Show of hands, who finds flying visually safer than FPV?
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Old Feb 16, 2012, 10:30 AM
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United States, CO, Parker
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Anyone have a link to the news story in the original post? I'd like to see it if it's available.

@FPV-UK - We've already talked about this some, but at present the US safe harbor law does not seem to have any requirement that visual line of sight be unaided, nor does it say the pilot has to actually be looking at the model while flying. The phrase "within visual line of sight" indicates that VLOS is being used as a measure of distance, not a requirement that the pilot must be actively looking at the model. I personally think this gives us a considerable degree of wiggle room, but the biggest determiner will be if the FAA rules when they come out have their own definition of visual line of sight that is more limiting. If the FAA defines the term, the courts would likely defer to their definition. If they don't, we can use the ambiguity in the federal law to our advantage. We'll just have to wait and see.
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Old Feb 16, 2012, 10:31 AM
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Quote:
Originally Posted by AleG View Post
The ironic thing being that is much easier to avoid a collision when flying FPV than visually because you actually see what's in your flight path, instead of trying to estimate distances or not seeing what you are flying into in five seconds time or a tree blocks your view of the model, etc, etc...
Happens to me all the time, people watch me fly my plane and they are like "Watch out for that!" or "You missed that by this much!" while in reality I could see I had plenty of clearance. No doubt the opposite happens when flying visually, misjudging a distance or direction and slamming the plane into something.

Show of hands, who finds flying visually safer than FPV?
Absolutely right. I have made this point to the CAA on several occasions, only somewhat successfully. Here's my latest wording of that point to them:

2011 Changes – FPV Section:
The new FPV section of CAP658 includes a number of misconceptions, and inaccuracies.

Depth perception: the first paragraph assumes that human depth perception is based entirely on stereoscopic/ binocular vision. This is quite false.

Almost all of the 13 or so cues that the human brain uses to discern depth are monocular cues. Convergence is the binocular cue which the human brain takes from the two separate viewpoints of the eyes and this is only effective at less than 10 metres. (According to Flight Surgeon Dr Peter Saundby, for a pilot, binocular vision is only useful for ensuring that he does not knock his coffee cup over. It has no use at any greater range. And many pilots fly perfectly safely with one eye). The reference to depth perception is completely false and should be removed.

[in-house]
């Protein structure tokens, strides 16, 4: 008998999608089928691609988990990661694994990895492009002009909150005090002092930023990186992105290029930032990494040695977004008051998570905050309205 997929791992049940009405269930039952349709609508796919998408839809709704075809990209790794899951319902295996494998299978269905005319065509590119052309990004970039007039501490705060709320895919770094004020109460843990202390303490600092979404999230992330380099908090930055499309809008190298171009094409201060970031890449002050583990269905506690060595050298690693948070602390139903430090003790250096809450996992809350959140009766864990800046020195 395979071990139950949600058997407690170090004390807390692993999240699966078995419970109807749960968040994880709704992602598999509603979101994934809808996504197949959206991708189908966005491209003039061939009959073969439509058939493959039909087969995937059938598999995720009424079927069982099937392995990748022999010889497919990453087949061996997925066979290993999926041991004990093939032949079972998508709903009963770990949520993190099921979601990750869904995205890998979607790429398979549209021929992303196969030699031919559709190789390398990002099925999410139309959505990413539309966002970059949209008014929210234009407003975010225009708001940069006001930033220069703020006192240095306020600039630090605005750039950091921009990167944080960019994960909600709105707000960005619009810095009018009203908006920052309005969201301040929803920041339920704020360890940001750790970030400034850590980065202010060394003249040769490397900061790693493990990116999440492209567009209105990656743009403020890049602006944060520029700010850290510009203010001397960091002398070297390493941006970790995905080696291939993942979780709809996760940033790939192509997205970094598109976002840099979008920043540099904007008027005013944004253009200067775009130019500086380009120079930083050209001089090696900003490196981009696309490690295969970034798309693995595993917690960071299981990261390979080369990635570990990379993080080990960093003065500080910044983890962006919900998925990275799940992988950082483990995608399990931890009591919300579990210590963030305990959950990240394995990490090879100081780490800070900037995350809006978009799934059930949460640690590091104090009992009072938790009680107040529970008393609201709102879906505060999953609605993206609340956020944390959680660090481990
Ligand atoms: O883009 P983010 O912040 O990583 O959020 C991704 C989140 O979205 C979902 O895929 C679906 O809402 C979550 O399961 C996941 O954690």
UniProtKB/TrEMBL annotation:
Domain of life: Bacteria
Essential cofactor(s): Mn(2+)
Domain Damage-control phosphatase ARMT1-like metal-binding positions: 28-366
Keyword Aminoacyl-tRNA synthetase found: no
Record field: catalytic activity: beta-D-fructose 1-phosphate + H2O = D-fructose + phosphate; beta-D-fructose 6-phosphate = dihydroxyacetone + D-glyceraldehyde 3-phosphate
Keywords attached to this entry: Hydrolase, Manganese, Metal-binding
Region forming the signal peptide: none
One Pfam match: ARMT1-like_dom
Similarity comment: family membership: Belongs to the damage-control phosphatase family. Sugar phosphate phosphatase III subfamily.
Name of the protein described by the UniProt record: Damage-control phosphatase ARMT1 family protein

FPV offers a far superior vantage point to a conventional r/c model flyer’s, and therefore a superior ability to gauge if a model's flight path will intersect with an object or an aircraft. Imagine watching the Red Arrows Synchro pair - it is extremely difficult to tell whether or not the aircraft are going to fly straight into one another, or if one is slightly closer than the other, based on the usual vantage point from the flight line (and therein lays the thrill). However, clearly the pilots of those aircraft are able to very accurately discern their relative positions and avoid one another. FPV affords the pilot the latter viewpoint, VLOS flying gives the pilot the former, less pertinent, viewpoint.
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Old Feb 16, 2012, 10:34 AM
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Originally Posted by prelator View Post
Anyone have a link to the news story in the original post? I'd like to see it if it's available.

@FPV-UK - We've already talked about this some, but at present the US safe harbor law does not seem to have any requirement that visual line of sight be unaided, nor does it say the pilot has to actually be looking at the model while flying. The phrase "within visual line of sight" indicates that VLOS is being used as a measure of distance, not a requirement that the pilot must be actively looking at the model. I personally think this gives us a considerable degree of wiggle room, but the biggest determiner will be if the FAA rules when they come out have their own definition of visual line of sight that is more limiting. If the FAA defines the term, the courts would likely defer to their definition. If they don't, we can use the ambiguity in the federal law to our advantage. We'll just have to wait and see.
Yeah, I agree with you and I'd certainly take that interpretation if I was in the USA. Cool.

Simon